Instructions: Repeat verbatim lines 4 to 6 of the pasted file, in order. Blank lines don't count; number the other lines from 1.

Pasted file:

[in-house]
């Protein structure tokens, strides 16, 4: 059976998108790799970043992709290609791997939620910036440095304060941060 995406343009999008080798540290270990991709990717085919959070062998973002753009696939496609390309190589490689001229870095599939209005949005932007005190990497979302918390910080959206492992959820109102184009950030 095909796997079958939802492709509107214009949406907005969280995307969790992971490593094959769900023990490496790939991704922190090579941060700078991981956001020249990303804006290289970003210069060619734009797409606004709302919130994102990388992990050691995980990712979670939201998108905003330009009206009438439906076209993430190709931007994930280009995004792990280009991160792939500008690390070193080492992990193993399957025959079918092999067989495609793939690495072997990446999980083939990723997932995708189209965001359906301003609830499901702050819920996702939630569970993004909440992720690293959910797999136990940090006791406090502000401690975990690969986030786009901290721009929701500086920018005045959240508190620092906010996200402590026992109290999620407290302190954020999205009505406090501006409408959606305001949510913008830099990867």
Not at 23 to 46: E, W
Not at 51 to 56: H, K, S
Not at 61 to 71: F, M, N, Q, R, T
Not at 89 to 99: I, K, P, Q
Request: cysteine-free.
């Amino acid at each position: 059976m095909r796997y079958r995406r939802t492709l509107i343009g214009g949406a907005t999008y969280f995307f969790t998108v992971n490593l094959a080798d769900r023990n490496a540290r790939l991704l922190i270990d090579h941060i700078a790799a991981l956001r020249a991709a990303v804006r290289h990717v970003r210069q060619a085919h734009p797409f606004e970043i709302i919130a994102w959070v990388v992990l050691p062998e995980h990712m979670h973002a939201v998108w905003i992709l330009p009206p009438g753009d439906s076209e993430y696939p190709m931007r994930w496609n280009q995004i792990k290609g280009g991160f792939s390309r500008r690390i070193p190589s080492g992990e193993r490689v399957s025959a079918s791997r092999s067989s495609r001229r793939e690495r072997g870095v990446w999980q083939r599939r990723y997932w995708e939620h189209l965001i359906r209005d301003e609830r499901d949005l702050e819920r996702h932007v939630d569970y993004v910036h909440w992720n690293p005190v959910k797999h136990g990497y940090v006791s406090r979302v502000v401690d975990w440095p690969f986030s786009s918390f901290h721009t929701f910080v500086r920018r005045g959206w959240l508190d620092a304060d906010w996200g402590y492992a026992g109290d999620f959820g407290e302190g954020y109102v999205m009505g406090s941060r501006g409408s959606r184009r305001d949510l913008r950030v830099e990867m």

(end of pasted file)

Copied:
Not at 51 to 56: H, K, S
Not at 61 to 71: F, M, N, Q, R, T
Not at 89 to 99: I, K, P, Q